Flesh-eating bug EPIDEMIC warning: Can Buruli ulcer reach UK? | Science | News


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A Buruli ulcer epidemic has broken out in Australia and is rampant in West Africa

Australia has been warned of a “rapidly worsening epidemic” of the terrifying disease which gnaws away at its victims to cause oozing lesions and skin ulcers.

The Mycobacterium ulcerans infection, commonly known as Buruli ulcer, is an infectious disease present in at least 33 countries across Africa, South America, the West Pacific and Australia. Until recently it was most commonly found in rural farming communities in certain parts of West African countries, however the rising cases in suburban is a new pattern.

An article in The Medical Journal of Australia warned: “The community is facing a worsening epidemic, defined by cases rapidly increasing in number, becoming more severe in nature, and occurring in new geographic areas.”

The bug is related to leprosy and TB, but is different because it makes a unique toxic chemical which destroys the skin tissue. According to the World Health Organisation (WHO), no one quite knows how the infection is spread. 

The main burden of the disease has been felt in West Africa for many years, but the increase in cases of a genetically different strain of the bacteria in Australia has concerned their  medical community.

So far the disease has been reported in coastal areas in Victoria, including the Bellarine and Mornington peninsulas, but reports of the infection creeping into Melbourne’s suburbs have popped up.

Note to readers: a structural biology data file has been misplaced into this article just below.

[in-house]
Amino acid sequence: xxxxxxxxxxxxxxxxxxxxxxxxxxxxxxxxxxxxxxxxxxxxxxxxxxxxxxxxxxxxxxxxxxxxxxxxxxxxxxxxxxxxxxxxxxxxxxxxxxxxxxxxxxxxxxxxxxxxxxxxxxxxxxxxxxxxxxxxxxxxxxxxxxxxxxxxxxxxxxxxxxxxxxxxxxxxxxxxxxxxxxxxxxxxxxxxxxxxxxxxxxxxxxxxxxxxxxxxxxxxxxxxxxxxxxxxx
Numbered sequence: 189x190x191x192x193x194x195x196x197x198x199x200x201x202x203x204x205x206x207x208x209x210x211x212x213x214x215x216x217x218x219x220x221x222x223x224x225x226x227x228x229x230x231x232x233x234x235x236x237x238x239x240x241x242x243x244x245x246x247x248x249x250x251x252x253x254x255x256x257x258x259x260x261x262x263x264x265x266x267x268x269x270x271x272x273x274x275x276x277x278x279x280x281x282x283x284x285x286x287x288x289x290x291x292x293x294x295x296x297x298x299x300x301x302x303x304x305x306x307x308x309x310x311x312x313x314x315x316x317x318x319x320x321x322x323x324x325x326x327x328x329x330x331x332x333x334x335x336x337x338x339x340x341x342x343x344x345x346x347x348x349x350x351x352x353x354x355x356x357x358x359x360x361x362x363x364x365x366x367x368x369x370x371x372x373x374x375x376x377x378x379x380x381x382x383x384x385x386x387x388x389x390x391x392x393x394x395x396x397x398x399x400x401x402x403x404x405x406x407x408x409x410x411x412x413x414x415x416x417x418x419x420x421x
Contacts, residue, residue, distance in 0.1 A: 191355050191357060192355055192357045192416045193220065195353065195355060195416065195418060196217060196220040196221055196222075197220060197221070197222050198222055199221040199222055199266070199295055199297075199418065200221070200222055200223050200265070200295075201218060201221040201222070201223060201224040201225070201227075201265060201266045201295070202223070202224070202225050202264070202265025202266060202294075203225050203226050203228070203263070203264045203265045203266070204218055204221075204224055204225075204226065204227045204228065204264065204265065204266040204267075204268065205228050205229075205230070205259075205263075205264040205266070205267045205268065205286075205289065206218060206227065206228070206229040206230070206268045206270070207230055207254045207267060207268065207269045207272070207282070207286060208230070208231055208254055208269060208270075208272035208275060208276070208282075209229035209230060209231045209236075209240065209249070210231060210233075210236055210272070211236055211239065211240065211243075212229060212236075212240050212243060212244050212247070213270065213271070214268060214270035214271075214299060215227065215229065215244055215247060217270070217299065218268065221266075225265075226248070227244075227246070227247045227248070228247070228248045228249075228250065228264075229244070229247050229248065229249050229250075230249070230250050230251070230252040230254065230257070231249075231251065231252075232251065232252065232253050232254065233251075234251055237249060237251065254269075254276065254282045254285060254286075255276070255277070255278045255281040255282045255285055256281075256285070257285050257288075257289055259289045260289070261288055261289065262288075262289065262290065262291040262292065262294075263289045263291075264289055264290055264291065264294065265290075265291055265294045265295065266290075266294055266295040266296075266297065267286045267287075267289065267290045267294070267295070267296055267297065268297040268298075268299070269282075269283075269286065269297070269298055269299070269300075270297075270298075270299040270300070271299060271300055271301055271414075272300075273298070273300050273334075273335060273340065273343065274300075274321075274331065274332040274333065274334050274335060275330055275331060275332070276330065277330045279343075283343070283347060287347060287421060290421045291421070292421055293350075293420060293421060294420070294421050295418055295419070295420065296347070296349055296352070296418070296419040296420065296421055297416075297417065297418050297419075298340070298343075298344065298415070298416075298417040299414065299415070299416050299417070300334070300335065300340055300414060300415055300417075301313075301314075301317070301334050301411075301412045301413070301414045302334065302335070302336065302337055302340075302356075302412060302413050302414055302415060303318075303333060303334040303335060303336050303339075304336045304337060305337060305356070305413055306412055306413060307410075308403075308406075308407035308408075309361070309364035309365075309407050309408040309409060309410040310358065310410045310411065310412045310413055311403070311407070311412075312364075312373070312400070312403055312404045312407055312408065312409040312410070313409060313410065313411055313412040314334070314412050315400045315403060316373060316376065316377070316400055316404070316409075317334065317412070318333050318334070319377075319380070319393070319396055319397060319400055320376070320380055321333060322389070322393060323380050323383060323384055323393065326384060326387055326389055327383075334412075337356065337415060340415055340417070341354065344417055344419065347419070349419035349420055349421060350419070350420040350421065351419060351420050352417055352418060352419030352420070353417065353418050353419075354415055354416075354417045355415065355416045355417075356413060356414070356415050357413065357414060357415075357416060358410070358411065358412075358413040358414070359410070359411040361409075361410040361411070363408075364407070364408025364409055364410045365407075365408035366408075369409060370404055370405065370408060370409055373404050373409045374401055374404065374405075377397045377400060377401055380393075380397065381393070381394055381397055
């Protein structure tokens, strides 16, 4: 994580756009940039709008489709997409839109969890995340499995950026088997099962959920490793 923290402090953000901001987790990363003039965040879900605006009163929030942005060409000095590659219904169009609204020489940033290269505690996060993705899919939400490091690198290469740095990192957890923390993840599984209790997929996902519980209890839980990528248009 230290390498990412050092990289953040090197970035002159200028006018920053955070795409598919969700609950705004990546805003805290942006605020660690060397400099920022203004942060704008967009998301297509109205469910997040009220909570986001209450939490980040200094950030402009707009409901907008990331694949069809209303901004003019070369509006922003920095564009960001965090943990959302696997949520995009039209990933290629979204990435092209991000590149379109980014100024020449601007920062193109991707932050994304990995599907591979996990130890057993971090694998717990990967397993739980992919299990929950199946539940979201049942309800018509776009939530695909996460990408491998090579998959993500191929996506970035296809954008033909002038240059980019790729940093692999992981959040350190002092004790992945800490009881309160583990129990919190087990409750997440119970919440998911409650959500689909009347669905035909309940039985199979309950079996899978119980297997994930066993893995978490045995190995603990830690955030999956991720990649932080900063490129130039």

Many scientists have now called for more research, funding and public awareness of the “Neglected Tropical Disease” as the number of infections rise.

Dr Rachel Simmonds, an expert in Buruli ulcer from the University of Surrey who has spent the last fourteen years studying the bacterial infection, has spoken to Express.co.uk to share everything she knows about the disease. 

Can Buruli ulcer spread to the UK?

Luckily for the British Isles, there is a myriad of reasons why the harmful bacteria is incredibly unlikely to spread into the UK.

Dr Simmonds explained: “There are two main reasons why the people in the UK shouldn’t be alarmed. 

“Firstly Buruli ulcer is not contagious – it is not spread from person to person. Instead it is acquired from the environment, and probably needs to be transferred into the deep layers of the skin to take hold. However, we don’t actually know what the route of transmission is, and that’s one of the key research priorities.”

“Secondly, because the bacteria likes to grow at around 30ºC it is not thought that the UK is hot enough for them to survive in the environment. Of course, nobody knows what might happen in the future should global warming change the environmental conditions, but that is a complete unknown.”

But what about the risk of the infection being unwittingly carried over to the UK via tourists flying home from Australia?

Thankfully according to Dr Simmonds, there is no risk of Buruli ulcer being spread between travellers like other contagious diseases such as the flu.

In fact the Hospital for Tropical Diseases at UCHL, London, only sees about one case per decade of people who have travelled abroad and returned with Buruli. 

How is Buruli ulcer spread?

Unfortunately this remains the source of much debate in the medical and scientific community – particularly in the case of Australia.

The mode of environmental transmission appears to be different in Australia and Africa, perhaps because the bacteria have genetic differences and each make a slightly different toxin.